Most Americans of my generation can remember where they were when they heard that President Kennedy had been fatally shot 50 years ago because it was traumatic and it all but took place on television.
As a young teenager in 1960, I stood in the snows of Wisconsin passing out literature in the days leading up to my state's primary. My father and mother were both loyal Democrats back then; my mother had served as president of the Women's Auxiliary of the United Auto Workers, and before we moved to Wisconsin, my father played a key role in Adlai Stevenson's Illinois state campaign during his 1956 run against President Dwight D. Eisenhower. By 1962, however, I was no longer a Democrat or a wild-eyed Kennedy fan, but his assassination seemed a personal as well as a national tragedy.
In the days that followed, the media and Democrats, who even then couldn't let a crisis pass without exploiting it, blamed the young president's killing on conservatives and tried to use it to demonize their political opponents. Within hours, a crowd gathered before the state office of John Tower, the first Republican senator elected from Texas since Reconstruction, and put a torch to it.
Some of them may have believed what they said about Republicans, conservatives and the people of Dallas, but others knew better. Eventually, even liberals had to admit that Lee Harvey Oswald was not a conservative, but an unbalanced, self-declared Marxist who had visited the Soviet Union and admired Fidel Castro's Cuba. This knowledge did not, however, deter liberals from pointing the finger of blame at conservatives for "creating an atmosphere of hate" in which extremists such as Oswald might flourish.
Those who serve any president often see their years near the man in the White House as the best of their lives. The youthful vigor and glitz of the young president's nearly three years in the White House were dubbed "Camelot" by those who served and admired him, and a decade later, many who flocked to town to work for Kennedy could be found in bars around Washington recounting tales of their glory days and bemoaning the fact that they had been cut short.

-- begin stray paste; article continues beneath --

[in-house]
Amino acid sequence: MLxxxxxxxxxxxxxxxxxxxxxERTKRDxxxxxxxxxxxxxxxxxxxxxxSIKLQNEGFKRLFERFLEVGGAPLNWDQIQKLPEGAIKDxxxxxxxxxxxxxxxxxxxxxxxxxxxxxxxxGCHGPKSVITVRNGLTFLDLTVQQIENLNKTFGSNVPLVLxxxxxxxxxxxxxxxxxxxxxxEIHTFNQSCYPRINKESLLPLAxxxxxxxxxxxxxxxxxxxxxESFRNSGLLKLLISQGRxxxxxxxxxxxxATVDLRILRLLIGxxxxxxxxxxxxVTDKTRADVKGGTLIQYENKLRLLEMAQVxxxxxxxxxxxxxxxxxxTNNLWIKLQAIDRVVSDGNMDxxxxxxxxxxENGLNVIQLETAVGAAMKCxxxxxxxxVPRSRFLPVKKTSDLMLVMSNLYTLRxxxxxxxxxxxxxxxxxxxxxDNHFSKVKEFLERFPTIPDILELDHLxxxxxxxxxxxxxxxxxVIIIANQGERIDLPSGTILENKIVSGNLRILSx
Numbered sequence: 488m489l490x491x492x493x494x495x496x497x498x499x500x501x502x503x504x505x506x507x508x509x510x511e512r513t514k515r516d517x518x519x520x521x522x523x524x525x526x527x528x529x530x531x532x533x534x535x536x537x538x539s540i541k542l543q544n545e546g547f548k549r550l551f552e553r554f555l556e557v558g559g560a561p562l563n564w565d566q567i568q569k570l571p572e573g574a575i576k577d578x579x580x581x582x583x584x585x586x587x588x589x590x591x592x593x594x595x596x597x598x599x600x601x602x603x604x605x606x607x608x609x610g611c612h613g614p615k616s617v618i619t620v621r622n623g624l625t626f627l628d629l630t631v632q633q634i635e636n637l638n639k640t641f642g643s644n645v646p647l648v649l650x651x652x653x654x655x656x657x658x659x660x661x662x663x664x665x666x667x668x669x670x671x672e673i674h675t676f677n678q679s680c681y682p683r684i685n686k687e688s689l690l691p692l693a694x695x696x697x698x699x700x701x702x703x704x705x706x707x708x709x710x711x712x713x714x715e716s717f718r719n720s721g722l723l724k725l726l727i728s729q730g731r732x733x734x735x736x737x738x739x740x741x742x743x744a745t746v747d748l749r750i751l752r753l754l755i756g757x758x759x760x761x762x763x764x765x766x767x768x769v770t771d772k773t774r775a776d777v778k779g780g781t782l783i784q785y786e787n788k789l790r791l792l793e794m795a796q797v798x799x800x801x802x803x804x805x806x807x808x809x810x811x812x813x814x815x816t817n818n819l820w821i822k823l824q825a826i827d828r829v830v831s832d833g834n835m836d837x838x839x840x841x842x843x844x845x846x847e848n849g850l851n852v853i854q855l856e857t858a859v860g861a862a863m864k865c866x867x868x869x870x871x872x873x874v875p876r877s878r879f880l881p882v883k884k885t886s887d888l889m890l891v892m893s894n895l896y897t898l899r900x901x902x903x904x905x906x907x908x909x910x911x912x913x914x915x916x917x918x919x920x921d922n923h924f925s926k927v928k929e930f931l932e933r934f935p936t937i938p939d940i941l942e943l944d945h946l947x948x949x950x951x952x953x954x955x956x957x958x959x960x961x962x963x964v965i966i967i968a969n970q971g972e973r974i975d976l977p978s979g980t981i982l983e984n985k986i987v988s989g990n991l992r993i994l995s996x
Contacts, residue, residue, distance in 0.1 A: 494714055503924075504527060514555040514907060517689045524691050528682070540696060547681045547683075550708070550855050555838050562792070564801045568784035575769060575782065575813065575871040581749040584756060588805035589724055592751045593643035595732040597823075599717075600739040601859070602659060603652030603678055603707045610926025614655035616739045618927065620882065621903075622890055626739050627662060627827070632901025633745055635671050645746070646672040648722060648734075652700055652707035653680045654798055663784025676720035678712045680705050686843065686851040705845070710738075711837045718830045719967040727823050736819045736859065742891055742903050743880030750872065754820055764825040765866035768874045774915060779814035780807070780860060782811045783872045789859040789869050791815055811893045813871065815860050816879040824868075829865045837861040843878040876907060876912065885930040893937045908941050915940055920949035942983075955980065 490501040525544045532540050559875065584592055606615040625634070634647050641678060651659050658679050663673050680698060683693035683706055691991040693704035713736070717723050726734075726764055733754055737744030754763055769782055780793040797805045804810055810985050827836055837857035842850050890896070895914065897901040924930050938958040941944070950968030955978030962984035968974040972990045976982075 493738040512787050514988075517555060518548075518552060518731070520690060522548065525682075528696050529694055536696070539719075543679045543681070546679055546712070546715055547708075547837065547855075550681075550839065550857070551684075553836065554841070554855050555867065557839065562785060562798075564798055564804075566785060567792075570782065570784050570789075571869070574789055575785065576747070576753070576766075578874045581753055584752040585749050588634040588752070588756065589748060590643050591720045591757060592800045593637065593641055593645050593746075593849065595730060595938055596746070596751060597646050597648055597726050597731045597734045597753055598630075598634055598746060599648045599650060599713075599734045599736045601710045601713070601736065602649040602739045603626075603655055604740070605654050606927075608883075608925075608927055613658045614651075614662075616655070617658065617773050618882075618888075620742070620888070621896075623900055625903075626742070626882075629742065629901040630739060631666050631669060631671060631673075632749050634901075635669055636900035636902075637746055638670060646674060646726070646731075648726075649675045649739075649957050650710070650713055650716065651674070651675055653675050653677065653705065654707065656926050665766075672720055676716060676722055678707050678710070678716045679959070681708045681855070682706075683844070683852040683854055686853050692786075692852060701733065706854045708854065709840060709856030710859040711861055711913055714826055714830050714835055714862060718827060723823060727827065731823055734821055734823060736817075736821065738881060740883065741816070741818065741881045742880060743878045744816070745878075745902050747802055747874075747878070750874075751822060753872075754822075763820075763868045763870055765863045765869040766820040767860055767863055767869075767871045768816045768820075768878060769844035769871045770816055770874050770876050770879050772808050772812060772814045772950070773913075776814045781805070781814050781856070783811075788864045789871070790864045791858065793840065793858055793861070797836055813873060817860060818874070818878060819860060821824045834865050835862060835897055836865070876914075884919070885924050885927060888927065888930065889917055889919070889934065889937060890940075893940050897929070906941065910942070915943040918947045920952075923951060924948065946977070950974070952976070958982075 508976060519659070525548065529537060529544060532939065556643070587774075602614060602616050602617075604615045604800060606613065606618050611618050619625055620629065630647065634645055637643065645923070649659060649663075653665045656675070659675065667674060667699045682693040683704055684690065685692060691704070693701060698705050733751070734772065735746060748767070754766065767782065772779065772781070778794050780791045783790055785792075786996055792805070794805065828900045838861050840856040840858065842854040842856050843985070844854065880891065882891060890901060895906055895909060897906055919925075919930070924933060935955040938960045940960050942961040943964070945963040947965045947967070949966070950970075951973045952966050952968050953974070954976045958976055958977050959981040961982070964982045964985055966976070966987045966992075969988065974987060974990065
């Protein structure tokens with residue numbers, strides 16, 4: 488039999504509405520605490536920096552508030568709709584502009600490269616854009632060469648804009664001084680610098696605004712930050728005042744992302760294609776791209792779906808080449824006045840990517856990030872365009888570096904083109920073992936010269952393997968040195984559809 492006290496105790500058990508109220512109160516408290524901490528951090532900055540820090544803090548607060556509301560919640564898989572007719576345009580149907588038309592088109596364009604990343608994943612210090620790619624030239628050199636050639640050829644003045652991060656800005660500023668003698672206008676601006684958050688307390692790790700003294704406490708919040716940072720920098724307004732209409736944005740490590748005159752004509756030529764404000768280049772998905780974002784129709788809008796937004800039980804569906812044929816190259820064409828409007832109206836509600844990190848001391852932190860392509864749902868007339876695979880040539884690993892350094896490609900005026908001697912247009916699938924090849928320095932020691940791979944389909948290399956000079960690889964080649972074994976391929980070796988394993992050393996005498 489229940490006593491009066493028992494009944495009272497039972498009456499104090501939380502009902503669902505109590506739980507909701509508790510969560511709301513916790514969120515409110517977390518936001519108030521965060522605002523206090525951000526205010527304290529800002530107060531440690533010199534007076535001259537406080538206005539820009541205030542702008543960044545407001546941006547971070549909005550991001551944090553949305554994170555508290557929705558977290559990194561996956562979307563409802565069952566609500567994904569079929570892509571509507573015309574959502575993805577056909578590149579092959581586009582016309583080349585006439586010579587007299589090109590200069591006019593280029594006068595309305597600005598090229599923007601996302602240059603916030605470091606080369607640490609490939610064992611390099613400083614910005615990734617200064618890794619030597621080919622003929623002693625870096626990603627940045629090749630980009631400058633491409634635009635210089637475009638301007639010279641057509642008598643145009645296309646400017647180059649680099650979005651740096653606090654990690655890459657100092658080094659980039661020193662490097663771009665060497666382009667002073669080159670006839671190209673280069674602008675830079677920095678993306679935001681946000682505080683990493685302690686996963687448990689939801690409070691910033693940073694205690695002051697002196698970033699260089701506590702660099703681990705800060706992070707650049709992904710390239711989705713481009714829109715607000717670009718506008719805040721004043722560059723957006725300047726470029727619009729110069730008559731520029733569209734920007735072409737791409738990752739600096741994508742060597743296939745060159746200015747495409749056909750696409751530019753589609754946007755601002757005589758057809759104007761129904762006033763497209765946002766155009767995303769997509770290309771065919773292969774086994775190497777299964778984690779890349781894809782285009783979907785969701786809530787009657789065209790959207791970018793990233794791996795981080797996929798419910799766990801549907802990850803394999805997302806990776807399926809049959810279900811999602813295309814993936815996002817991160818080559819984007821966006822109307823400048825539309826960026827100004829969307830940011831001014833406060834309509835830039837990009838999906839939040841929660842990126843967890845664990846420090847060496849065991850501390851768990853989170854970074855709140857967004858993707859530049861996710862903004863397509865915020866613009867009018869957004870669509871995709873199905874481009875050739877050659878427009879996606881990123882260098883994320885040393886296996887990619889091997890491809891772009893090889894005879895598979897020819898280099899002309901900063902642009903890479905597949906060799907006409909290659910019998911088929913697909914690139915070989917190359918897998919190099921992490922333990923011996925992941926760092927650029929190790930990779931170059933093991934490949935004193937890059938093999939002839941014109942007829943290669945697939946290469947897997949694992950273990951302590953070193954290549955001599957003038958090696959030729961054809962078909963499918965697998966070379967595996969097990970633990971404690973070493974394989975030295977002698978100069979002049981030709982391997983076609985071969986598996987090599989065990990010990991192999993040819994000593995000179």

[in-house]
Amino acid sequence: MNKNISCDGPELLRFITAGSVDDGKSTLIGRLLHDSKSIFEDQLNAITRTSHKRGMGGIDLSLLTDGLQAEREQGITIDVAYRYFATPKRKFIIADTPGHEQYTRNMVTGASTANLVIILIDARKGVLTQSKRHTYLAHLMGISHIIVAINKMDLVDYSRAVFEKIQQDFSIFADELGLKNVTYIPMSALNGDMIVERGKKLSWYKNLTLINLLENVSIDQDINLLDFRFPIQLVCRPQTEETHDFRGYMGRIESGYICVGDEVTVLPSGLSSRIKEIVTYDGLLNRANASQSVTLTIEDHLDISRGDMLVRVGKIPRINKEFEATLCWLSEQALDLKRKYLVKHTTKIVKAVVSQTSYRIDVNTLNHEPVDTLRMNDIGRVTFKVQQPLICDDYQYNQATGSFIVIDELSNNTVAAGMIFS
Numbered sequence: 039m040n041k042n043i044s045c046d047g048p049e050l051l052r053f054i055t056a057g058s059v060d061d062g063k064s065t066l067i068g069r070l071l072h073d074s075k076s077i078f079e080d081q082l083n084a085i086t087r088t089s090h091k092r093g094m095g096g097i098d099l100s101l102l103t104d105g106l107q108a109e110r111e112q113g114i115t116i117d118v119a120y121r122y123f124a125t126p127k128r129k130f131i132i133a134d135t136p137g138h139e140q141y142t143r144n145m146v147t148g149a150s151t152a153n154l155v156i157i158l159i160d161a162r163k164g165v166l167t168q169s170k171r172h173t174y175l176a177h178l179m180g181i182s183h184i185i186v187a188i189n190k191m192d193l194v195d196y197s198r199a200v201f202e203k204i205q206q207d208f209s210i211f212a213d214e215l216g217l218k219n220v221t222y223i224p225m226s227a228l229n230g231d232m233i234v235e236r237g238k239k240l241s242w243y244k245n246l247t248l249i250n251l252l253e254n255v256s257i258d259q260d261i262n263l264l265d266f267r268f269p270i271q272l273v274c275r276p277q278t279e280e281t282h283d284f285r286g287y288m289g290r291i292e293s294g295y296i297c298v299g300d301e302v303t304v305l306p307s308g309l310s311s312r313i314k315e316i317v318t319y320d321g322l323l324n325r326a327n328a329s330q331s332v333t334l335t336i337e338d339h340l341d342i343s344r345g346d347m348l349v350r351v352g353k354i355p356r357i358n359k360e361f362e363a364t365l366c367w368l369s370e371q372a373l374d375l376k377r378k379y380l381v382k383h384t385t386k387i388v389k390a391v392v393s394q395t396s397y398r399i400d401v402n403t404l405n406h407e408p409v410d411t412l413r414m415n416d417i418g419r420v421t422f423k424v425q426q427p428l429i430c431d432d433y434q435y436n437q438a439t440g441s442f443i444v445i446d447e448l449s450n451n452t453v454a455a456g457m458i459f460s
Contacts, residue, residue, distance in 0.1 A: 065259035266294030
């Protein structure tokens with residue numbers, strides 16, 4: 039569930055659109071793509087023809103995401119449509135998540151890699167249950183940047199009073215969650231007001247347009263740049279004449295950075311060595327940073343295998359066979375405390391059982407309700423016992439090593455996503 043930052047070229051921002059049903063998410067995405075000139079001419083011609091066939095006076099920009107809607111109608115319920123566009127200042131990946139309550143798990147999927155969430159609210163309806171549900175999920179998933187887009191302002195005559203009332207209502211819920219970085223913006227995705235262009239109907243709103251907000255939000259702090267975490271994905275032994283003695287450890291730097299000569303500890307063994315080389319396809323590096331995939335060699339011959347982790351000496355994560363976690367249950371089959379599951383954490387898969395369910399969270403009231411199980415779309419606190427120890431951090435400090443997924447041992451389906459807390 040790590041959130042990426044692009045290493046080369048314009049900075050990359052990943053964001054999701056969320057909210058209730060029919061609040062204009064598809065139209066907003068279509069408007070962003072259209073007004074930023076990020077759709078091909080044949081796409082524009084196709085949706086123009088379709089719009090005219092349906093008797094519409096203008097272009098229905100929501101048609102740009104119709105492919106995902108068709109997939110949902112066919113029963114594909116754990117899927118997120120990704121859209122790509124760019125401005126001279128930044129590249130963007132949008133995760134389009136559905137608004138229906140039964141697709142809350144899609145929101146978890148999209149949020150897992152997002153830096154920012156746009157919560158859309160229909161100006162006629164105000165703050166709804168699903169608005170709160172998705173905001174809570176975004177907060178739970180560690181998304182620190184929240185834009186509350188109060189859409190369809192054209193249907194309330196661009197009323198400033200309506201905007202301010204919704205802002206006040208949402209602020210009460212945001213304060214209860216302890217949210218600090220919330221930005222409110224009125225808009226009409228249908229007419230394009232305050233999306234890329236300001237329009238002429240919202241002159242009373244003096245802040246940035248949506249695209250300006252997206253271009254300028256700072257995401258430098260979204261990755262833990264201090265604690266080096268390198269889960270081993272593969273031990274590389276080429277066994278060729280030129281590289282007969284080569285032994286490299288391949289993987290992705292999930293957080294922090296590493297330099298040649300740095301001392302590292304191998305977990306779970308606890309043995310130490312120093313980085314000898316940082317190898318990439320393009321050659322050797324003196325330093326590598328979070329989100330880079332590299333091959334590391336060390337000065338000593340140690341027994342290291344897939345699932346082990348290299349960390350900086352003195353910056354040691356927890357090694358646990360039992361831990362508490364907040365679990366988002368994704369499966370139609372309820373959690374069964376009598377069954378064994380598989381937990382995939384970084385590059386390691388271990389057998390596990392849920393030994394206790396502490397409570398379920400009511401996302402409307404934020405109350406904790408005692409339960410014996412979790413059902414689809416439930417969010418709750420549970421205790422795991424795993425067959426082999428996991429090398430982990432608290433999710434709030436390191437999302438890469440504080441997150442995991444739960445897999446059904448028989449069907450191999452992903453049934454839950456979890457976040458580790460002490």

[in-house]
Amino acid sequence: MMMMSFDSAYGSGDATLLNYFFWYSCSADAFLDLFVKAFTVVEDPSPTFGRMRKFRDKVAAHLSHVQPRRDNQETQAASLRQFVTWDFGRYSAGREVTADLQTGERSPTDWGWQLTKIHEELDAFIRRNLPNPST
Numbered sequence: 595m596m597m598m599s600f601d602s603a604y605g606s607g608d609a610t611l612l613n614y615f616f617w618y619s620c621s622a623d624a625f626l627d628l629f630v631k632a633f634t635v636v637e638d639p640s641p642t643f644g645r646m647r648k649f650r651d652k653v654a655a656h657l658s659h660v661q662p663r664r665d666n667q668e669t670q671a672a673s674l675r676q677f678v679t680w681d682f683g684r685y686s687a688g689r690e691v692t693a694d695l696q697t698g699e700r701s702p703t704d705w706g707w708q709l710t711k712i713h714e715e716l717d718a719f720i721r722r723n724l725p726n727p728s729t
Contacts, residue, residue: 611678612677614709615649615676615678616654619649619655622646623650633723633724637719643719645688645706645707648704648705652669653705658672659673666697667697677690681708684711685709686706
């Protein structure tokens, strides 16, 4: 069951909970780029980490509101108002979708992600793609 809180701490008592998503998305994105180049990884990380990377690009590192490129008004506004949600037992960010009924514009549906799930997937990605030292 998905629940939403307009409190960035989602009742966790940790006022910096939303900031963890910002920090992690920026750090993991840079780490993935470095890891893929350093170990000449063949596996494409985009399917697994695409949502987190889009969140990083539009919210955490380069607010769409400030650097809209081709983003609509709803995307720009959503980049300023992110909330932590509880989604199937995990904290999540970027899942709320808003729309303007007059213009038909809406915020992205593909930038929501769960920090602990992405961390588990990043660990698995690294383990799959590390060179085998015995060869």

As the times changed, so did the popular image of John F. Kennedy. The liberalism of the early 1960s no longer exists, and the icon of the era has had to be redefined to fit a concept of what Kennedy should have represented, rather than what he said and did before Nov. 22, 1963.
The anti-communist warrior had campaigned against a "missile gap" that threatened our security, tried desperately to oust Castro, promised that his country would "bear any burden" in the international struggle for freedom, and dispatched some 14,000 advisers to Vietnam. Still, to liberals, he became a man who, had he survived Oswald's bullet, would have kept us out of Vietnam and ushered in an era of peaceful relations with the communist world.
The president who cut taxes to stimulate the private economy morphed in their minds into a big-government liberal who would have loved Lyndon Johnson's Great Society and would today be cheering those liberals who now express disdain for free markets and want to regulate everything that moves. The president who only reluctantly and hesitatingly embraced the drive for civil rights is today remembered as its champion.
Today's champions of civil liberties conveniently forget that President Kennedy's brother Bobby oversaw his Justice Department and authorized wiretaps on those he saw as the president's antagonists, encouraged FBI Director J. Edgar Hoover to do the same and relished the information and gossip thus gathered.
Those who today suggest that the John F. Kennedy who ran in 1960, was sworn in as president and was so brutally assassinated less than three years later could not be nominated by today's Democratic Party have a point. He was learning on the job, but brought energy and excitement to the presidency. It was a different world back then; Kennedy counted Barry Goldwater, his likely Republican rival for re-election, a friend, and both were looking forward to 1964 and even contemplated the possibility that they could travel the country together, disagreeing without being disagreeable.
It's a shame because the man who was gunned down by a Marxist malcontent 50 years ago was a far more interesting president than the mythical liberal figure he has become in the decades since his death. The bullet that ended Kennedy's life in Dallas was perhaps one of the first and strongest signs that the world of which he was a part was coming to an unwelcome end. It may not have been Camelot, but it beat the heck out of what we are going through today.
David A. Keene is opinion editor of The Washington Times.